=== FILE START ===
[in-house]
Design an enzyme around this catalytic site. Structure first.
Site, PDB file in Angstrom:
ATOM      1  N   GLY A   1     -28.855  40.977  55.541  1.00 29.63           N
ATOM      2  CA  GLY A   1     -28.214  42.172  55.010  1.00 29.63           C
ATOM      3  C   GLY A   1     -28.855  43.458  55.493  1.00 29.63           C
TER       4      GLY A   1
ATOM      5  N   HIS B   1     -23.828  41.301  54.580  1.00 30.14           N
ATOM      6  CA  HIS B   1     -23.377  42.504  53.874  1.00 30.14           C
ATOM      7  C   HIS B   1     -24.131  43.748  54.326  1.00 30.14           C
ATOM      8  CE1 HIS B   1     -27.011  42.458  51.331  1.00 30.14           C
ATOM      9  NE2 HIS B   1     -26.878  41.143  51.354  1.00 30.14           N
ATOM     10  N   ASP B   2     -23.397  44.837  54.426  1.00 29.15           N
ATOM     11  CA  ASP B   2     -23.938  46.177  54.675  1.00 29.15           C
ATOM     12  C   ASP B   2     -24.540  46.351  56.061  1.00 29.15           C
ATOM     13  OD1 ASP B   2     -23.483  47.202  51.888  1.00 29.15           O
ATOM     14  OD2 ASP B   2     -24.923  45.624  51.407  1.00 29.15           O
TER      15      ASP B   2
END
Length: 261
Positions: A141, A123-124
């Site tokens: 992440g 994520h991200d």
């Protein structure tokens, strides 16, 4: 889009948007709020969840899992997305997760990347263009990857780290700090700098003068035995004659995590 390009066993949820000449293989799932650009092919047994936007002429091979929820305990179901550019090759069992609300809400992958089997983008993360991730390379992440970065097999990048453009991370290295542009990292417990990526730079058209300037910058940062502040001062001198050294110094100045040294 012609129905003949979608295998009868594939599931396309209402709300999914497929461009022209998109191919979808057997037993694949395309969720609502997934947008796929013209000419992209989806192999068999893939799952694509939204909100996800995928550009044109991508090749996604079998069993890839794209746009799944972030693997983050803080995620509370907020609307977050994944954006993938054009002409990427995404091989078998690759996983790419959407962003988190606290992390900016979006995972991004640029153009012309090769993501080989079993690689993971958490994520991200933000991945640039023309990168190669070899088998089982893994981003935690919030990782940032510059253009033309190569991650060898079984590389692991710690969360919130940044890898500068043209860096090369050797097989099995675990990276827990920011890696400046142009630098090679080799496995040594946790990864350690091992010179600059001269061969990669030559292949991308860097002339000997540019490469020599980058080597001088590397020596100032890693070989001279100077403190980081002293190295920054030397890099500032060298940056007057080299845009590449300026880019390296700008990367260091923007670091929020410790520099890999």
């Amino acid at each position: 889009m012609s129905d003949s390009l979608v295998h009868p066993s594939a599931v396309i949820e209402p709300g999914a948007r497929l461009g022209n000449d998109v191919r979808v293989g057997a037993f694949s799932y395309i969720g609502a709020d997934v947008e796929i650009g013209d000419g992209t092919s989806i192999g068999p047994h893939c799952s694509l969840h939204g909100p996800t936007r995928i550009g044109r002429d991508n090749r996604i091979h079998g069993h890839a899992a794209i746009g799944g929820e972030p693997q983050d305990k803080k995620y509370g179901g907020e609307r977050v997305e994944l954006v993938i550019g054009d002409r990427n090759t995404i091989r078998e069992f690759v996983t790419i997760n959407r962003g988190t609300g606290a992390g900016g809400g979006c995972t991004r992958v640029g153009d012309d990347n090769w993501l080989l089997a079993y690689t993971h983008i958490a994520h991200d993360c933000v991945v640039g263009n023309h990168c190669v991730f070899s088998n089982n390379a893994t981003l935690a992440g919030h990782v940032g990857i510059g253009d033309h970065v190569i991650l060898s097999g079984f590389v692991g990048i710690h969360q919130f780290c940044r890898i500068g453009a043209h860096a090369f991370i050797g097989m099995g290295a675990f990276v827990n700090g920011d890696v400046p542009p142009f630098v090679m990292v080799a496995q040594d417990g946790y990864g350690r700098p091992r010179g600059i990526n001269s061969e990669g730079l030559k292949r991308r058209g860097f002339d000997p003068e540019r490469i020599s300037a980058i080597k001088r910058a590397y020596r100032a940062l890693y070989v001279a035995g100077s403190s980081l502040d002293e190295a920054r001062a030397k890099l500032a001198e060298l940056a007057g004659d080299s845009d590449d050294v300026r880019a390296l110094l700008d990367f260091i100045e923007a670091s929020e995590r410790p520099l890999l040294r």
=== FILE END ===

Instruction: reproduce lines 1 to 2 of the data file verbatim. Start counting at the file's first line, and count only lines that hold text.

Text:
[in-house]
Design an enzyme around this catalytic site. Structure first.